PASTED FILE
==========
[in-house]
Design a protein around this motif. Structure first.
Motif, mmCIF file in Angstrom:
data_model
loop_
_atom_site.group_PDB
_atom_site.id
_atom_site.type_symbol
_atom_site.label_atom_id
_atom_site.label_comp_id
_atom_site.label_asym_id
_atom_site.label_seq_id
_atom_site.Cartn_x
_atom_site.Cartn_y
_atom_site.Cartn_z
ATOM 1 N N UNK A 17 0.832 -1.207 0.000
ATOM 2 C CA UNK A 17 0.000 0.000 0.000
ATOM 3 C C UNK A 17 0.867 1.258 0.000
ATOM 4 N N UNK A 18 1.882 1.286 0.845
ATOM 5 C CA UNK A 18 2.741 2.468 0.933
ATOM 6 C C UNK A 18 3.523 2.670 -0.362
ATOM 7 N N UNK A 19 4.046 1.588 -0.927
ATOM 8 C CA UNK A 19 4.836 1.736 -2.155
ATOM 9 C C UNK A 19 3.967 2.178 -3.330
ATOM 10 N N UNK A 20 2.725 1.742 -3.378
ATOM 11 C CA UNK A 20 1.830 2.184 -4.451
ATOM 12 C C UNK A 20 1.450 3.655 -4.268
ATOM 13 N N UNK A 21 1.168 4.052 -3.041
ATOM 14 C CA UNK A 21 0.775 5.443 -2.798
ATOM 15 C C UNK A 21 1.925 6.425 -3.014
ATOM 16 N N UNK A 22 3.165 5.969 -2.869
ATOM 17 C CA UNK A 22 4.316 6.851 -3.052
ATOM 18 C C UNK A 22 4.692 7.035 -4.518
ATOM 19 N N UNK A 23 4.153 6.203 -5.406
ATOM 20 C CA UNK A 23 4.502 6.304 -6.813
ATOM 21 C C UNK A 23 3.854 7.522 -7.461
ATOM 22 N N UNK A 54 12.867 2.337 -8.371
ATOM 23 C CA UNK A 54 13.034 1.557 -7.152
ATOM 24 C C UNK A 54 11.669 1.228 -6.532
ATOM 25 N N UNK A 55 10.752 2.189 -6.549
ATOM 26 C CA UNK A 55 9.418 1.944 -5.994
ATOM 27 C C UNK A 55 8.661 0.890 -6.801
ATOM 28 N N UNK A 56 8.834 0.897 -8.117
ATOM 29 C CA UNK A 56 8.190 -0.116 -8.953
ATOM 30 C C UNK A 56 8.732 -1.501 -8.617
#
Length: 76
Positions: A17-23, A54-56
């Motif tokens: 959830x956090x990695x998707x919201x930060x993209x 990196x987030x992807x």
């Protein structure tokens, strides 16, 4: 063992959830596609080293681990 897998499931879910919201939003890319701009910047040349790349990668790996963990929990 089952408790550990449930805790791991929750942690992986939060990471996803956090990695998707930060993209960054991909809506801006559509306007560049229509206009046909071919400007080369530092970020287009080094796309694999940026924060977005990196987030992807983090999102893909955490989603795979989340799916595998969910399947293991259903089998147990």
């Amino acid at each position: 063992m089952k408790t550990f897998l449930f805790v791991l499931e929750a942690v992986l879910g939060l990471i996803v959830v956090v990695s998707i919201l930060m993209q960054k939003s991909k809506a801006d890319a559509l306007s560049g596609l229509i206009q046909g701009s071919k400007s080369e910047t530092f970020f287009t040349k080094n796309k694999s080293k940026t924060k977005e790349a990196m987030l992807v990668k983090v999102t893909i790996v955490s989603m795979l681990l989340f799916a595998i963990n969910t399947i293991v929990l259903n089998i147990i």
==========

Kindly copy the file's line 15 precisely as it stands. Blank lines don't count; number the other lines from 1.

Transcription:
_atom_site.Cartn_z